Acute and convalescent serum samples were sent to the United States Centers for Disease Control and Prevention Rickettsial Zoonoses Branch for serologic analysis for Q fever and SFGR by indirect immunofluorescence assay (IFA).13,21 For the 2007 to 2008 study period, samples were tested from 2009 to 2010; for the 2012 to 2014 study period, samples were tested from 2016 to 2019. For the SFGR IFA, the antigens used were Rickettsia conorii for the 2007 to 2008 study period and Rickettsia africae for the 2012 to 2014 study period. To minimize variations, all serology was performed by the same respective laboratorian for each study period, and the same respective lots of IFA antigen for each pathogen were used for all testing during each respective study period. Variations in stocks of IgG antibody conjugates and positive controls and negative controls for the IFA were kept to a minimum. Any new reagent lot for controls underwent parallel testing for quality assurance and to ensure the control endpoint titers were consistent. Acute and convalescent samples were tested in tandem to minimize any potential misclassification because of batch effect assay variability.

Confirmed acute cases of Q fever were defined a four-fold or greater increase between acute and convalescent antibody titers for C. burnetii phase II antigen.22 Confirmed acute cases of SFGR were defined as a four-fold or greater increase between acute and convalescent antibody titers for Rickettsia conorii (2007–2008) or Rickettsia africae (2012–2014) antigens.23

Healthcare utilization survey.

A healthcare utilization survey was performed in the Moshi Municipal (population 184,292 in 2012) and Moshi Rural (population 466,737 in 2012)24 Districts of the Kilimanjaro Region of Tanzania from 13 June 2011 through 22 July 2011, as previously described.17,25 The sampling frame and sample size calculations for the healthcare utilization surveys were adapted from the World Health Organization Expanded Program of Immunization methods, which ultimately generated a sampling frame of 30 cluster units in this case administrative wards and 27 households per cluster.

Survey respondents were adults who identified as the primary caregiver of each selected household. Hypothetical febrile illness scenarios were presented to respondents, and questions were asked to identify their healthcare-seeking behaviors to ascertain the proportion of respondents likely to present to KCMC or MRRH in the event of a febrile illness. Questions such as “What will you do if you have a fever?” and “What will you do if you have a fever for 3 days or more?” were asked. We selected the latter as our primary question to reflect the healthcare-seeking behavior of respondents because it presented a febrile illness scenario that was both broad in scope and specific enough to suggest an illness that was not self-limited or mild.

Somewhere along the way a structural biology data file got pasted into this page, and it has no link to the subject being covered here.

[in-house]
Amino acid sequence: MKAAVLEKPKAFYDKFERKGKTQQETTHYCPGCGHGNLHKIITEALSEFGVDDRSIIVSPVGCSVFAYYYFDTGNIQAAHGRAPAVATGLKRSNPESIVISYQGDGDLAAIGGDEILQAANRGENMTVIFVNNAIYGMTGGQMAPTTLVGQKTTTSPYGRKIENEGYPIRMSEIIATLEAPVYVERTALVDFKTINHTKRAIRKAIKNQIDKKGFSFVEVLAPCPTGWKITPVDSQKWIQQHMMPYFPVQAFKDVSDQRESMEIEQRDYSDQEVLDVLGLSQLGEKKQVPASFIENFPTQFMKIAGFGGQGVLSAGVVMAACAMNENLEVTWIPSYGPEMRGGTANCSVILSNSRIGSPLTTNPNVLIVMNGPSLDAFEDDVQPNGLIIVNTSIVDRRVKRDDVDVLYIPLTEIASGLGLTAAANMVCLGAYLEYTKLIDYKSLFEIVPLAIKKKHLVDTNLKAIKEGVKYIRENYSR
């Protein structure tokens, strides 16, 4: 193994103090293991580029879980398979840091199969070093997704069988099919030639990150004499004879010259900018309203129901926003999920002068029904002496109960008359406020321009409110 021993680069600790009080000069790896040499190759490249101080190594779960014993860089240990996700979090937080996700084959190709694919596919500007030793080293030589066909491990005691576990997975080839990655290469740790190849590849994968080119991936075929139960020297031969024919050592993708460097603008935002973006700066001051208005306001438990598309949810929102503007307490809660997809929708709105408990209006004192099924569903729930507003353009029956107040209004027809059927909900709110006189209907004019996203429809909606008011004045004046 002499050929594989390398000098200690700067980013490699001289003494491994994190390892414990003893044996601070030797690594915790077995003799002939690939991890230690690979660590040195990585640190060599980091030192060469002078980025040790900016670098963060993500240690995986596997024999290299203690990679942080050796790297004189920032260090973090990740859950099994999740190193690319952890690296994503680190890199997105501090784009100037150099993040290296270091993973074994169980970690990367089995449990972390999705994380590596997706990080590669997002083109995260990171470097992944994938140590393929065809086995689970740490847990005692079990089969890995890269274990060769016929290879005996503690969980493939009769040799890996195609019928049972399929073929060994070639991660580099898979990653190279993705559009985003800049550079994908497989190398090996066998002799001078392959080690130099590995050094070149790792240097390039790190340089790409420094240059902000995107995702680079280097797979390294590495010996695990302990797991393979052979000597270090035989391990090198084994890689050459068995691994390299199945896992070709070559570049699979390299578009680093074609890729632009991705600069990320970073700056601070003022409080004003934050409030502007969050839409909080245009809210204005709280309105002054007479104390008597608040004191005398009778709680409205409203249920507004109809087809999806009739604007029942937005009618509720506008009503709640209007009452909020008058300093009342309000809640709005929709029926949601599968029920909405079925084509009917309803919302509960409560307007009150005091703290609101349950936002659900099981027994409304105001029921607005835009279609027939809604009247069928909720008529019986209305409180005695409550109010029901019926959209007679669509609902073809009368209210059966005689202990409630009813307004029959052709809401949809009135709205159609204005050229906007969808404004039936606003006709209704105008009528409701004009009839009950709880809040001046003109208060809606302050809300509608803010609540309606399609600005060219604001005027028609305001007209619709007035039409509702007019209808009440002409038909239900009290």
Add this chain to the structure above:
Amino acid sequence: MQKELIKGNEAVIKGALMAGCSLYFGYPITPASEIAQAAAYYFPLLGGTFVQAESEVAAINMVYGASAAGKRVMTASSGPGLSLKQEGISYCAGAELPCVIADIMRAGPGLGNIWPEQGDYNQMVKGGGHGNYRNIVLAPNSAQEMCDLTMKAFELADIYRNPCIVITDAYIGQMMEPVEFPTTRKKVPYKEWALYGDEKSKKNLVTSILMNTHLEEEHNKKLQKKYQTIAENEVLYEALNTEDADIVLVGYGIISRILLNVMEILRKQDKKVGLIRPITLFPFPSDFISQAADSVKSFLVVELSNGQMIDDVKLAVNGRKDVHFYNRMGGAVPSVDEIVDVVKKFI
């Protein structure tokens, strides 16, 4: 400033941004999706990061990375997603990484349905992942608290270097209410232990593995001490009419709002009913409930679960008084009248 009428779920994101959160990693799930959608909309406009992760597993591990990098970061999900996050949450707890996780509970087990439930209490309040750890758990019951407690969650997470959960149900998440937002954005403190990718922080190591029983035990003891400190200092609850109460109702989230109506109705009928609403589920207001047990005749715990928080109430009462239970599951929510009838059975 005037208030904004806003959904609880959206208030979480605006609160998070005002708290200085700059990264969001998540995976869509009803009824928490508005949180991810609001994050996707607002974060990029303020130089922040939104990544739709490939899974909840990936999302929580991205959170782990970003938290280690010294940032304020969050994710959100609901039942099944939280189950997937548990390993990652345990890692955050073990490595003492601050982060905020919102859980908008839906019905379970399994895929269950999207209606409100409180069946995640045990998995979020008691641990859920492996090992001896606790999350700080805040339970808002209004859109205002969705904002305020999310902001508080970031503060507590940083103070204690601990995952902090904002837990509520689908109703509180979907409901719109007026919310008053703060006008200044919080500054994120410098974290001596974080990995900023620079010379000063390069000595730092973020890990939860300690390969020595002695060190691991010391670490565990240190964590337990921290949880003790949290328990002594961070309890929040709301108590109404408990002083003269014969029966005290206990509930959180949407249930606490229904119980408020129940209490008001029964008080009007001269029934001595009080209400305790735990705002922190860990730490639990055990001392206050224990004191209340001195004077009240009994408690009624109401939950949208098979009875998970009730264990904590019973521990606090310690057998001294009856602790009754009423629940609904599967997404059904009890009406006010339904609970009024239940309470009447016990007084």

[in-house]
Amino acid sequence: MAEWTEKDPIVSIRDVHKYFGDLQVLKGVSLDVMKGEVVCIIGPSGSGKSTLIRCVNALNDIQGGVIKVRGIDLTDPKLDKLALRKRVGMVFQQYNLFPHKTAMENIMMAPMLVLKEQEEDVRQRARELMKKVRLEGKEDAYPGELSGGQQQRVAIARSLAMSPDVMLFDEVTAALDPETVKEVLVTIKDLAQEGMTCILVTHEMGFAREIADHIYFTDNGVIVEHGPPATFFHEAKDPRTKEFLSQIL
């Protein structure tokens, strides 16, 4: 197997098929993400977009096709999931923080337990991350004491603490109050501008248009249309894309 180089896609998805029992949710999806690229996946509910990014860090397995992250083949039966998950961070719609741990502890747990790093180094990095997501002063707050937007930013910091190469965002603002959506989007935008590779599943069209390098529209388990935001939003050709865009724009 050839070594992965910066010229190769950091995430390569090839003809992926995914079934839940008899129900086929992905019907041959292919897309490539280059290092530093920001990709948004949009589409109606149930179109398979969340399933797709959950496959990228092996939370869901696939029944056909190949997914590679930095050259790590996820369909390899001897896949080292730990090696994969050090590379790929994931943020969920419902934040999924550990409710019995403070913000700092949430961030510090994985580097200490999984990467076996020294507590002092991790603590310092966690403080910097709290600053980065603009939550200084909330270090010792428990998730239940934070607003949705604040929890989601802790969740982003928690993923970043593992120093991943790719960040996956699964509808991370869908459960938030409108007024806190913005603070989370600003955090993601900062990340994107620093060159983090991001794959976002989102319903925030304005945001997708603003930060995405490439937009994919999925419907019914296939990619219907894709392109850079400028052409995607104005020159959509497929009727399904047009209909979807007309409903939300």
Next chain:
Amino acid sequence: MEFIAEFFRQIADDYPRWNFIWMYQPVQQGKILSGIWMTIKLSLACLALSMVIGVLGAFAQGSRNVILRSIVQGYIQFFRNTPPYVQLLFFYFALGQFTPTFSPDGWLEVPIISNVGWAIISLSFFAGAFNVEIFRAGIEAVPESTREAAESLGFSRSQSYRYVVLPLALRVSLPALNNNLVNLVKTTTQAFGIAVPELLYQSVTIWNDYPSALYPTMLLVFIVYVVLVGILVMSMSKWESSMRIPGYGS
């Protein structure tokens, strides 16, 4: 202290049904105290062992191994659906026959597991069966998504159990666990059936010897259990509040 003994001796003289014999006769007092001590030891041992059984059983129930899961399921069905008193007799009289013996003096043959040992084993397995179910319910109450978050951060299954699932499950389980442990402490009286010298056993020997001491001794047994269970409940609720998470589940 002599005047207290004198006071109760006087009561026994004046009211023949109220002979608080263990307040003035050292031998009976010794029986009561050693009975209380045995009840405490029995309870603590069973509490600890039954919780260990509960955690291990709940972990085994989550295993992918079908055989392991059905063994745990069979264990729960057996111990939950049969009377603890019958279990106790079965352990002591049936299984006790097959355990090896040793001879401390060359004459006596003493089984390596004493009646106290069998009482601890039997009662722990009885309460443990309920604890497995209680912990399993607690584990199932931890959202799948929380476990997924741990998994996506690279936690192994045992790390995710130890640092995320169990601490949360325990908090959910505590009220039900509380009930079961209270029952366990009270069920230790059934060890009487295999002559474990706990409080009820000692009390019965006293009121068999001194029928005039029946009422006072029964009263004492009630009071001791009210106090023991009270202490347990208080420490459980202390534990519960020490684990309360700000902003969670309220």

Incidence calculation.

Incidence was estimated based on the absolute number of participants who met the case definition for acute Q fever or SFGR. Then, multipliers were created to adjust for factors that would result in our surveillance platform underascertaining cases in the catchment area (Figure 1). All multipliers were the multiplicative inverse of the relevant proportions (Table 1). For example, because enrollment occurred during only 5 of the 7 days of the week, the time multiplier was 7/5 or 1.4. Because not all enrolled participants were able to provide acute and convalescent serum samples, a paired sera multiplier for each disease was calculated by dividing the total number of enrolled participants by the number of participants from who we were able to collect and test paired sera. The hybrid surveillance multiplier method has been previously described in further detail.15,16 Consistent with the incidence classification used for other infectious diseases,26,27 incidences were classified as low, moderate, high, and very high and corresponded to incidence ranges of less than 10 cases per 100,000 persons annually, 10 to less than 100 cases per 100,000 persons annually, 100 to less than 500 cases per 100,000 persons annually, and 500 or more cases per 100,000 persons annually, respectively.

Figure 1.
Figure 1.

Sentinel surveillance pyramid showing incomplete capture of Q fever and spotted fever group rickettsioses (SFGR) cases in a surveillance catchment. The adjustment multipliers used to correct for case underascertainment are shown (left side) along with explanations for each (right side). Indirect immunofluorescence assay (IFA) performance multipliers are derived from the literature. Paired sera, enrollment, and time multipliers are derived from study documentation. The hospital multiplier is derived from responses to the healthcare utilization survey. This figure has been expanded and modified from those of Crump et al.63 and Andrews et al.16